Haines defends second career

Senator's real estate job raises critics' ire

General Assembly


The chairman of the Carroll County legislative delegation has pursued tax policies that critics say benefit the senator's real estate business at the expense of projects the county needs to accommodate burgeoning growth.

Sen. Larry E. Haines, who promotes his Westminster-based Haines Realty as the "Name that Sells" and whose list of campaign contributors includes prominent developers, has blocked the efforts of local leaders to increase fees on home sales, and is now pursuing a proposal that will cut property taxes paid by homeowners.

But Haines says he merely opposes higher taxes and sees no conflict between his duties to the state and to his business.

"There is no conflict of interest -- period," said Haines, a four-term Republican. "We are citizen legislators, a diverse group of people of all professions. We all represent our constituents with our expertise in certain fields."

Others aren't so sure.

"This is egregious because he benefits personally from legislation he is taking part in. He should recuse himself from anything that impacts on him personally or on his business," said Bobbie Walton, executive director of Common Cause Maryland. "Certainly, this situation creates the appearance of conflict."

Instead, Haines is sponsoring a bill to increase tax credits for homeowners facing rising assessments in Carroll County -- something that could enhance property values and benefit realtors.

The county commissioners testified against the bill, which legislative analysts say would cost the county $2 million in the next fiscal year and more than twice that the year after. Instead of reduced credit, the commissioners would prefer a transfer tax -- a fee paid when a home is sold -- under the theory that newcomers to the county should help offset the costs of building roads, schools and other needs related to growth.

The commissioners tried for three years to have the delegation enact a transfer tax on real estate sales. The 1 percent tax, which would have been levied at the settlement of a property, would have generated about $7.5 million this year, revenue that would have made growth pay for growth, the commissioners said.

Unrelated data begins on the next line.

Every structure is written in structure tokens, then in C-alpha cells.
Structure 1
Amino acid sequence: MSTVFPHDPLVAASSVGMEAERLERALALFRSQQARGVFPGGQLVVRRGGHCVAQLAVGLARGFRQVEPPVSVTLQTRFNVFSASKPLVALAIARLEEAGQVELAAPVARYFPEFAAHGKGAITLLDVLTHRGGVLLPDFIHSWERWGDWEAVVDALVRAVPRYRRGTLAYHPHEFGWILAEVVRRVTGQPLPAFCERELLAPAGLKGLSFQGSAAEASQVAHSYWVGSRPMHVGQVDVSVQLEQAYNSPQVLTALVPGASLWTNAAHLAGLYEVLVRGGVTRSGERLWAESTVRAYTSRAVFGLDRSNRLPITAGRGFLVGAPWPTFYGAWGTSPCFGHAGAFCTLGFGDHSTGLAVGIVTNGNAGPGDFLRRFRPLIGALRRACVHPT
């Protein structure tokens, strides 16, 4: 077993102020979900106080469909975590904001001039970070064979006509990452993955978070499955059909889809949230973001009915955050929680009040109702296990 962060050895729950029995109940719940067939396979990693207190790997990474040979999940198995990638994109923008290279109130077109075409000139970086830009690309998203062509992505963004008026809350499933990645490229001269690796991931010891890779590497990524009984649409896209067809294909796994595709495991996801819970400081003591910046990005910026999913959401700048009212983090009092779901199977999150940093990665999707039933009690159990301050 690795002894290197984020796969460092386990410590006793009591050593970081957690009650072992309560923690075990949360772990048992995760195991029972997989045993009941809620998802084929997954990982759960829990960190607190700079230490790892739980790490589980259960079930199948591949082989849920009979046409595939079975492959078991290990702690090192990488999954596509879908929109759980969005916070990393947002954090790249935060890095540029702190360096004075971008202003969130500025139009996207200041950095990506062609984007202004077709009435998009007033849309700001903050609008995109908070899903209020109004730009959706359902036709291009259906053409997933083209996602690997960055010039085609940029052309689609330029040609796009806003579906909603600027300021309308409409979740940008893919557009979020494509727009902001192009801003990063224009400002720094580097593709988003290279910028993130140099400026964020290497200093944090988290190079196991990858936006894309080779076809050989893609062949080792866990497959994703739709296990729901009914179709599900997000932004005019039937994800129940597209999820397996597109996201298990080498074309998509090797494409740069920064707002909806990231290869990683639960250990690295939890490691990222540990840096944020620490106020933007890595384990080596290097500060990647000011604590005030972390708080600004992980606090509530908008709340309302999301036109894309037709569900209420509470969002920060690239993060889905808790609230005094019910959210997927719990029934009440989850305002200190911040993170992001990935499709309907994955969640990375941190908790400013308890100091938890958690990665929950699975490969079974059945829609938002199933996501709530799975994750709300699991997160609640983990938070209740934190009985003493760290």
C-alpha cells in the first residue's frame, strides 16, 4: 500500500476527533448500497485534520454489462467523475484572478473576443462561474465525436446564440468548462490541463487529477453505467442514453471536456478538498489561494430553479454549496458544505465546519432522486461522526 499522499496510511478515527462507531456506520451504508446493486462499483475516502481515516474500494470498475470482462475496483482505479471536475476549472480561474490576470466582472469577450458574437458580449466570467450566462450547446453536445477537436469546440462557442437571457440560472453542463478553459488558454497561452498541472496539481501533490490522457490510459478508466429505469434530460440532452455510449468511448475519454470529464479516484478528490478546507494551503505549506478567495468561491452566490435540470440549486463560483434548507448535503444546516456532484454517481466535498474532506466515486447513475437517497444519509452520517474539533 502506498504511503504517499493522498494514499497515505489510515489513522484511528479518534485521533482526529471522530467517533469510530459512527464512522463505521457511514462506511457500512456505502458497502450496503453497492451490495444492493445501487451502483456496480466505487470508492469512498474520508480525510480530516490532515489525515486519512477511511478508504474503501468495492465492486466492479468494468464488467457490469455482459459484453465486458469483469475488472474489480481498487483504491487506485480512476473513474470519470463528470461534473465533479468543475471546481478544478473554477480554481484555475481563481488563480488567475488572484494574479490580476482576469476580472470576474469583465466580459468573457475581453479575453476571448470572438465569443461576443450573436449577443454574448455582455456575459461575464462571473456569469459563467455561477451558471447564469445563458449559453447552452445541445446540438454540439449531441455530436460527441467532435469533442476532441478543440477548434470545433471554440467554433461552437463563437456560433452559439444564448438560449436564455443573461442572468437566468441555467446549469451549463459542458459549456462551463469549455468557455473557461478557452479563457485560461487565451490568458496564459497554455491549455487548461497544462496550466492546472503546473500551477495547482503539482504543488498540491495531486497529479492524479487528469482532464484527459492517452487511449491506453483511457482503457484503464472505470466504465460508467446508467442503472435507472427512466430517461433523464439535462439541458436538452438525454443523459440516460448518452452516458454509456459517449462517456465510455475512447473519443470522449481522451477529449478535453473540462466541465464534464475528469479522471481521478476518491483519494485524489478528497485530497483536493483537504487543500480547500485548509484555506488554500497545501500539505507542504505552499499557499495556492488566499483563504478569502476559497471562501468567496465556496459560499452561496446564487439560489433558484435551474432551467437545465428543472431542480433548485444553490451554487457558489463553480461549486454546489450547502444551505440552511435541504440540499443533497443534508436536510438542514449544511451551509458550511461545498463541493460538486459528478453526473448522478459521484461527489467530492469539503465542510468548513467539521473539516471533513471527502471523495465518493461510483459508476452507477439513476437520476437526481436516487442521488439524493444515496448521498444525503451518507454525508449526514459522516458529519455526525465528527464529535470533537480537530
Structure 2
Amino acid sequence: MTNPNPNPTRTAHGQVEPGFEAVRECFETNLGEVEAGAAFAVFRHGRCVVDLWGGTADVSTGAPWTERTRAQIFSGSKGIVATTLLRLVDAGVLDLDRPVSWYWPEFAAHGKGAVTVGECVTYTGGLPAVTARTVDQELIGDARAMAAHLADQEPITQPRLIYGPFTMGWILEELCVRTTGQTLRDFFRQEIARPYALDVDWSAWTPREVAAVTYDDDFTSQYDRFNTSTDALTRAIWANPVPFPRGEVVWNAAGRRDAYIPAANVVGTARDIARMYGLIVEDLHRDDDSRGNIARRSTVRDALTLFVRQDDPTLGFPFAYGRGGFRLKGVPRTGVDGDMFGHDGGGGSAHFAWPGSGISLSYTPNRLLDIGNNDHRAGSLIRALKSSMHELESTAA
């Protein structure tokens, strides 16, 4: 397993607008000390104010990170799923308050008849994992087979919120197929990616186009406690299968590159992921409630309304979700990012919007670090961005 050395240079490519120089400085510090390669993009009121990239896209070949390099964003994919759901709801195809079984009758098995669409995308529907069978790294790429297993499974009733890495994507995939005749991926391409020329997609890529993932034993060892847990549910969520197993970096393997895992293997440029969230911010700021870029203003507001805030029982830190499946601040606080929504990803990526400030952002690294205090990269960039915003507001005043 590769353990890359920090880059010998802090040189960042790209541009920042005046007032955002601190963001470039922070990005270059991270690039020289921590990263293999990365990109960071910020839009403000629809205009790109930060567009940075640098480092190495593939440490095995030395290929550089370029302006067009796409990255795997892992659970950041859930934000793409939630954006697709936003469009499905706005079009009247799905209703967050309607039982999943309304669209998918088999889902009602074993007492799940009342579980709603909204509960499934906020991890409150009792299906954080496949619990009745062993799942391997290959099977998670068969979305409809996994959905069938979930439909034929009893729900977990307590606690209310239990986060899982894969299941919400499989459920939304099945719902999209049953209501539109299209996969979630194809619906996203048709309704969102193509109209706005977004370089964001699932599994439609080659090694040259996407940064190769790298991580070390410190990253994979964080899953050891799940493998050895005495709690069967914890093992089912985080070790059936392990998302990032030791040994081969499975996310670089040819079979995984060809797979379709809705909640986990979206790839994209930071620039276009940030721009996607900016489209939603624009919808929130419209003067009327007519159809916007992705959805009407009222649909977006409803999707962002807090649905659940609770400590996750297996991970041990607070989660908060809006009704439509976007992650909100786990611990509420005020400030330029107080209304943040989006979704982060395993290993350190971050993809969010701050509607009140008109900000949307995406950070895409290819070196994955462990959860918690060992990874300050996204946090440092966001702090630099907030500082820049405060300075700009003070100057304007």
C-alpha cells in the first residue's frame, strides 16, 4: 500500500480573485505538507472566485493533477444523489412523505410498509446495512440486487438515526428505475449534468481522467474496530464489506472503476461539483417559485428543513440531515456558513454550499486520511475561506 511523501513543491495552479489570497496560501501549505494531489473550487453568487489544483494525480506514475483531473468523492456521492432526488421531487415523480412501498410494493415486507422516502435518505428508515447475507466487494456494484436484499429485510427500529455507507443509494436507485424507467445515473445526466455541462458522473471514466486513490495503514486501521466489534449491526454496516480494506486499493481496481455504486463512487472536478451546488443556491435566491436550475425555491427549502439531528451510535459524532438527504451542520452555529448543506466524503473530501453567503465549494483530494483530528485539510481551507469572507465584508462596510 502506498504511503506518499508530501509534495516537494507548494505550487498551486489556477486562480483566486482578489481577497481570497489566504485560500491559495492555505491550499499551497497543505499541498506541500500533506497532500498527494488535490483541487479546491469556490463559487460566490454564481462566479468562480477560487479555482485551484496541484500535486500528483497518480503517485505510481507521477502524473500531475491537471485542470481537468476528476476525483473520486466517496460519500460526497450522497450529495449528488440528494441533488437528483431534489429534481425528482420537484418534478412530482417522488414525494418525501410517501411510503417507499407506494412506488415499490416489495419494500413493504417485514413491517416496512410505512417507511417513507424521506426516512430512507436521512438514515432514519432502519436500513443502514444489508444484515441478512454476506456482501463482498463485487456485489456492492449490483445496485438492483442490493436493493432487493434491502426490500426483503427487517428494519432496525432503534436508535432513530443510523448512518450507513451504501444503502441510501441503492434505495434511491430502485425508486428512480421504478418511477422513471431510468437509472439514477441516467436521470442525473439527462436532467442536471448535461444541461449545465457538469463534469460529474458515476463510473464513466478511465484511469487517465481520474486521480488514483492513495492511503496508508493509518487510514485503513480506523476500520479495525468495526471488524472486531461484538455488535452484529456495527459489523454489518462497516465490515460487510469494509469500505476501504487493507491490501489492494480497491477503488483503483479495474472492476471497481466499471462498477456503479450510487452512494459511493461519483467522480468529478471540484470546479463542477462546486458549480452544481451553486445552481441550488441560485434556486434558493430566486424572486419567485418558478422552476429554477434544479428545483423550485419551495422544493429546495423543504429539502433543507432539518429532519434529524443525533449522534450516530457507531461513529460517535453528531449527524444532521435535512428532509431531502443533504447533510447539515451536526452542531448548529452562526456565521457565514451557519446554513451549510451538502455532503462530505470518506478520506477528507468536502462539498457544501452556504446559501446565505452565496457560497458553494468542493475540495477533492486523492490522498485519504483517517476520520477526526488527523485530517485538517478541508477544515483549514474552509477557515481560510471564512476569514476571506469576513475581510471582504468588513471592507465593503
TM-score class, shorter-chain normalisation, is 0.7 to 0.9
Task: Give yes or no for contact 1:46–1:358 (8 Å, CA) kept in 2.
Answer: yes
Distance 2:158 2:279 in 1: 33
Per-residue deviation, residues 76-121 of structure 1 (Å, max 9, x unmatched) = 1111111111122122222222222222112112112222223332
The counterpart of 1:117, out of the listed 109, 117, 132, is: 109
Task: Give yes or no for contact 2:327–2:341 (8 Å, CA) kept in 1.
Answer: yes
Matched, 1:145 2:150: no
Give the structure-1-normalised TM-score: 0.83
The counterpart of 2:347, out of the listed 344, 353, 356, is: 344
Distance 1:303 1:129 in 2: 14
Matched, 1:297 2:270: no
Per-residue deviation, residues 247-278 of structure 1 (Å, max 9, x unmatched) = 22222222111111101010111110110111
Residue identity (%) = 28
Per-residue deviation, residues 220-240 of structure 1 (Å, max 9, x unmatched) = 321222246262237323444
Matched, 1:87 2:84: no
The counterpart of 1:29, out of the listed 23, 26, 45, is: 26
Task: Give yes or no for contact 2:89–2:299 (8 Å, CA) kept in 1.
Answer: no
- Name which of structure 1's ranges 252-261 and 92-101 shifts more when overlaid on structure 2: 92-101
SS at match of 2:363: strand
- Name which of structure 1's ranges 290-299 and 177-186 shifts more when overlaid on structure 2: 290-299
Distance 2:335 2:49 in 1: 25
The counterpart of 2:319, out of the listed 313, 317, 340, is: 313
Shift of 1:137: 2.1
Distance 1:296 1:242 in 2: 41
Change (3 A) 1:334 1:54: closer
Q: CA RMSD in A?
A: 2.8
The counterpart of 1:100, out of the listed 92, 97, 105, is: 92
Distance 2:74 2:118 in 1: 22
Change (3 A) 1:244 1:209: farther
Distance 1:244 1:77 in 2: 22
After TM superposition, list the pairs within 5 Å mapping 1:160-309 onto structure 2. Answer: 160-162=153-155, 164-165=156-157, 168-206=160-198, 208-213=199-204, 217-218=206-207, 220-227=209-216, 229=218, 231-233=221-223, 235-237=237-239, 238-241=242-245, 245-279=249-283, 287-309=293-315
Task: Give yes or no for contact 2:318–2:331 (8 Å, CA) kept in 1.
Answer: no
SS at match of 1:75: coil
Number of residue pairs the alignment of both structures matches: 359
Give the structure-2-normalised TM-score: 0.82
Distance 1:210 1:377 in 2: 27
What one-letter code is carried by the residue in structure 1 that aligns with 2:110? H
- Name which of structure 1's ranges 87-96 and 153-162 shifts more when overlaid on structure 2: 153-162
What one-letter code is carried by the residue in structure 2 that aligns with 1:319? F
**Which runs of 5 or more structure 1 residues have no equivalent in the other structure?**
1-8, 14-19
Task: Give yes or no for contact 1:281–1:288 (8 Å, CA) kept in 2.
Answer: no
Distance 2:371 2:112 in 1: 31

A transfer tax could help defray growth costs, said Baltimore County Councilman T. Bryan McIntire, a former state's attorney for Carroll County.

"A transfer tax is innocuous and adds only onto the cost of settlement," McIntire. "Of course, some people cannot be objective because they are in the real estate business."

The General Assembly must approve a transfer tax and would do so as a legislative courtesy, provided the tax had the support of the local delegation. But the delegation, led by Haines, has refused. The delegation voted against the measure 4-3 last year, and the bill never advanced to the General Assembly.

This year, the commissioners didn't raise the issue again, despite some support from Delegates Donald B. Elliott and Susan W. Krebs. Elliott said he does not always agree with Haines, but he respects his leadership.

"I believe the commissioners have a difficult job governing a massive bedroom community with little industry," said Elliott, who represents Carroll and Frederick counties. "We somehow have to come up with a compromise."

Krebs, who represents South Carroll, called the commissioners "historically fiscally conservative," with a strong sense of what the county needs.

"It is tough to balance the wants and needs of the county and also keep taxes low," said Krebs.

Haines introduced a proposal to cut the homestead tax credit this year without input from the commissioners, who say the credit will create serious gaps in their five-year budget plans. The credit safeguards homeowners from spiraling assessments by limiting the increase by a set percentage annually.

"This is not the smartest bill for him to sponsor," said Tom Hucker, executive director of Progressive Maryland. "This is one of the conflicts that comes up frequently because we have a part-time Assembly who nearly all have other jobs. Legislators are certainly supposed to avoid any appearance of conflict."

Haines has made no secret of his 40-year career in real estate. His cell phone rang twice during a recent hearing before the Senate Budget and Taxation Committee. One senator jokingly advised Haines to take the call because it could be a buyer.

"Real estate supplements my Senate income," Haines quipped.

The day she took office, Commissioner Julia Walsh Gouge said she gave up a real estate license that allowed her to work in Maryland and Pennsylvania.

"I debated whether I should pay dues and keep up the license, but I decided to turn it in," she said. "You cannot have even a perceived conflict."

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